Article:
Barwon Water’s water, sewerage and recycled water prices for customers for the 2016/2017 financial year have been approved and apply from today. The prices are in line with the 2013–2018 Water Plan, which focuses on easing cost-of-living pressures on the community.
The independent Essential Services Commission has approved a price decrease of 7.6% over the life of the Water Plan (1.6% each year), excluding inflation.
Once CPI of 1.31% is applied, customer prices will decrease by 0.31% for the 2016/2017 financial year.
For an average residential customer using 160 kilolitres of water a year, this equates to a decrease of around $3.38 annually. Bills vary depending on usage.
A Victorian Government water rebate of $90 also will apply to residential customers whose bills include a water usage component. The rebate applies in the first quarter of the financial year (July to September) and reflects continued efforts to improve customer affordability.
Stage 3 water restrictions will be lifted in Colac, Apollo Bay, Marengo and Skenes Creek. The change is effective from 1 am, this Friday 10 June 2016.
The move follows a month of consistent rainfall that has boosted supplies.
West Gellibrand Reservoir, which supplies Colac, received 232 mm during May, well above the monthly average of 120 mm. Colac’s storages are currently 48.0% full.
Apollo Bay also had a wet May, with 172 mm recorded. This was almost double the monthly mean of 89 mm. Apollo Bay’s storages are now at 62.7% capacity.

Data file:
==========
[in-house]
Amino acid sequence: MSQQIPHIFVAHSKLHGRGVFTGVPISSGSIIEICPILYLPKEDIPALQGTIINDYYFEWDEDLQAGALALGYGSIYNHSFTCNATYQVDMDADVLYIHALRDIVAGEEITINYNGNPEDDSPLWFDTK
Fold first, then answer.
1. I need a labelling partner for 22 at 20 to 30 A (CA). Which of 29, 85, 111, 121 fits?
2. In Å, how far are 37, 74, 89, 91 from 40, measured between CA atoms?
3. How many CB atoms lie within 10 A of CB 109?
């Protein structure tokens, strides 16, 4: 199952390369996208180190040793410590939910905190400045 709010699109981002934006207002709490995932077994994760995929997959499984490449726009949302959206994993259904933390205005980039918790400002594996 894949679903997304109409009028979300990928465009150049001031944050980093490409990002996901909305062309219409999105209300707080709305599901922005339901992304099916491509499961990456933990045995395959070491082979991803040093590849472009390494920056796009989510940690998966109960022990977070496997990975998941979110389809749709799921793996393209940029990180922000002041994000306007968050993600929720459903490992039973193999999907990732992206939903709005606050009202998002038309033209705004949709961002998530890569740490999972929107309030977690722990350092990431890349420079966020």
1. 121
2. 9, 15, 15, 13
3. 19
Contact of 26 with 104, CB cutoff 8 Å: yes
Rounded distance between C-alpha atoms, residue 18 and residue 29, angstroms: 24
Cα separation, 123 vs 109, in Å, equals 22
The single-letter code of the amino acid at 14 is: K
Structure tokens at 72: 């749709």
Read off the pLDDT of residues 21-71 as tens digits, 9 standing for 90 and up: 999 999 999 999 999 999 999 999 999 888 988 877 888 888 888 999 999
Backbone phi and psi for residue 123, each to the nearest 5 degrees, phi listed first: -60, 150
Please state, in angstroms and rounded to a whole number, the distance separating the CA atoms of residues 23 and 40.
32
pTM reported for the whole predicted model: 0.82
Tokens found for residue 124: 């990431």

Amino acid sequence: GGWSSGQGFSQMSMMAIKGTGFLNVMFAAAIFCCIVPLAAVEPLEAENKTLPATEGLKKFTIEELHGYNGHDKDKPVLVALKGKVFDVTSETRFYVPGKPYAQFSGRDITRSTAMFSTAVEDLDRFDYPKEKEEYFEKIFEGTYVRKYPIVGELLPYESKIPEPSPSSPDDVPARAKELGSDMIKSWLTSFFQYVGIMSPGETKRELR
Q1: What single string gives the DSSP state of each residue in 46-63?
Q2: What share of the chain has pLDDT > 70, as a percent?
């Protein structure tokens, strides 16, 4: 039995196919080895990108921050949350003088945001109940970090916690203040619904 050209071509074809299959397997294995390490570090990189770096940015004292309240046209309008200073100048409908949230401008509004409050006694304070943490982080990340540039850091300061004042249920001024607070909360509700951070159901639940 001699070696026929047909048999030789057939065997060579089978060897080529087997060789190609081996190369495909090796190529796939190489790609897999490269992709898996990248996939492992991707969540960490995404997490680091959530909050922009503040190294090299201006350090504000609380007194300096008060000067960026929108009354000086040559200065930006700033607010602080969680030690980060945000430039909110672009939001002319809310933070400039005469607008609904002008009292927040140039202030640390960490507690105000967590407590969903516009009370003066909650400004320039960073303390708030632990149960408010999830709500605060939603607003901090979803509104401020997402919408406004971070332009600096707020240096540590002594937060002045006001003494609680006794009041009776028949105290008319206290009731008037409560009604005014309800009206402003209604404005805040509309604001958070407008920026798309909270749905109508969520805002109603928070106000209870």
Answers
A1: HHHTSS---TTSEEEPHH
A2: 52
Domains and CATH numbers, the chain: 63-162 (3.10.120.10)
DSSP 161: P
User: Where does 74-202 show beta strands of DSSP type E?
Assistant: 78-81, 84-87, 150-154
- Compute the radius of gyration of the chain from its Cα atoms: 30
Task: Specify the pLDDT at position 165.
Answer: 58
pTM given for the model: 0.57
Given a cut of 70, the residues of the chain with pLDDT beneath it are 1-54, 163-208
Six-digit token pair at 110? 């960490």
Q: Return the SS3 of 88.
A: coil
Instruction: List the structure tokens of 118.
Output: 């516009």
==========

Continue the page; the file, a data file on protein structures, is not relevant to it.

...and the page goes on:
From Friday, simple, common-sense and permanent water saving rules will apply across our entire service region.
Water restrictions have been lifted in Lorne after recent rains have all but filled Allen Reservoir.
The restrictions will be eased from tomorrow, Friday 20 May 2016. Permanent water saving rules will then apply.
Lorne has already received 112 mm of rain this month, well above the May mean of 84 mm. This breaks a 12-month run of below-average rainfall.
Lorne’s storages have jumped 112 million litres in just over two weeks from a low of just 33.1% at the end of April to 97.1% today.
Stage 3 water restrictions remain in place in Colac and Apollo Bay, but will be monitored and reassessed in June as both areas showed signs of recovery.
Barwon Water, in partnership with the Corangamite Catchment Management Authority (CMA), is forming a community and agency group to discuss the management of future environmental flows for Painkalac Creek.
Painkalac Reservoir has been taken out of service now that Aireys Inlet and Fairhaven are connected to the greater Geelong supply system via a pipeline from Anglesea.
We are looking for 8–10 representatives from a range of sectors including residents, businesses, local government and community, environmental and indigenous groups to join up to 6 representatives from Barwon Water and Corangamite CMA.
Group members should have:
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We anticipate the group will be active for approximately 12 months. Meetings will typically be held on weekday evenings in Aireys Inlet / Fairhaven. The group will agree on meeting frequency.
Expressions of interest are welcome until 5 pm, Friday 3 June 2016.
Aireys Inlet and Fairhaven are now connected to the diverse and secure greater Geelong water supply system.